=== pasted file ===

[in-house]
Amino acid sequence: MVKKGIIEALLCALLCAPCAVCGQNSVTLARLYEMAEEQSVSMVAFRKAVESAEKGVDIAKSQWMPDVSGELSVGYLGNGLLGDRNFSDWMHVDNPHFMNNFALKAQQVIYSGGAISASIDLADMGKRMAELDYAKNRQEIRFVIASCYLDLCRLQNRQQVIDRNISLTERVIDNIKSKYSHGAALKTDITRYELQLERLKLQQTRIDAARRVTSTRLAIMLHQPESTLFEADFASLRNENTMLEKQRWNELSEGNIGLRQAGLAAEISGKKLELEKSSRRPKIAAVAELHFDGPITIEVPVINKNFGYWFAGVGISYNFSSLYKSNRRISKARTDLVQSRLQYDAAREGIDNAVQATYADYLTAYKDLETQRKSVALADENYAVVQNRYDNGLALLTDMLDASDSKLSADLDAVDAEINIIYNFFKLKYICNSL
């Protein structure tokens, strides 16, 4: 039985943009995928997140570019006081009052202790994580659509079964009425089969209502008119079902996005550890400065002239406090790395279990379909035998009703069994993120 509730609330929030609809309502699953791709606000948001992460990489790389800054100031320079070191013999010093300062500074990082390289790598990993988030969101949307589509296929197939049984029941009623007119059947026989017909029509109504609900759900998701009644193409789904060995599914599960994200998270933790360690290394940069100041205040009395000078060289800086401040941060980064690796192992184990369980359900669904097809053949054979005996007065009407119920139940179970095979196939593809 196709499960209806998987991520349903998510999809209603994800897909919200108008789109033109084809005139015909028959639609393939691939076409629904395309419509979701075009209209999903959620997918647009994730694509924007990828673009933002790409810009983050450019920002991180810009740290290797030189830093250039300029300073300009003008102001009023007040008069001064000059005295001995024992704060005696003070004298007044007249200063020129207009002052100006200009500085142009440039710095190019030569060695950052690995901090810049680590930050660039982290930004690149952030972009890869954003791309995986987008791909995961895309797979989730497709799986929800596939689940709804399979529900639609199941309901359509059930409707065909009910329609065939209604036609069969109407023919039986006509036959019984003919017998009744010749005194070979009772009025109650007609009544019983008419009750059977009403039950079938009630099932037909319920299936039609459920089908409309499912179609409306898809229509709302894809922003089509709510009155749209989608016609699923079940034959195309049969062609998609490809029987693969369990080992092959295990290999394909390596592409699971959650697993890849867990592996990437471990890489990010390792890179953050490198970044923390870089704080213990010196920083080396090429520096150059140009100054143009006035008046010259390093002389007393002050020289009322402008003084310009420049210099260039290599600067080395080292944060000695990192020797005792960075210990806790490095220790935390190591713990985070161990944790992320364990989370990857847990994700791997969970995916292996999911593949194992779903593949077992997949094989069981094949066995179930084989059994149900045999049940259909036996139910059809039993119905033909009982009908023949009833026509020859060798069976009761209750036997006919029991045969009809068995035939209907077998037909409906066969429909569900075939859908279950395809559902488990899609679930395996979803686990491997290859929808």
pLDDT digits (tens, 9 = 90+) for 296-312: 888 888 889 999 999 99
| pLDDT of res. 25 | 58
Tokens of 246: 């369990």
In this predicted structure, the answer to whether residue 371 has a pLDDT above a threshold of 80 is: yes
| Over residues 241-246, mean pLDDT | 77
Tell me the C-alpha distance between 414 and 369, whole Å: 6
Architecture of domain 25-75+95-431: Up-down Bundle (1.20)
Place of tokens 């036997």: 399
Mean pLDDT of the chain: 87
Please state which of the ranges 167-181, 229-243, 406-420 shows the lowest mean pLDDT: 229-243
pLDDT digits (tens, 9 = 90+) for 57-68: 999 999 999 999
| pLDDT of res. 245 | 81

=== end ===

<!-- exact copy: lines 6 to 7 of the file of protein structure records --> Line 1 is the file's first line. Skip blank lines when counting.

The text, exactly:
Tokens of 246: 């369990």
In this predicted structure, the answer to whether residue 371 has a pLDDT above a threshold of 80 is: yes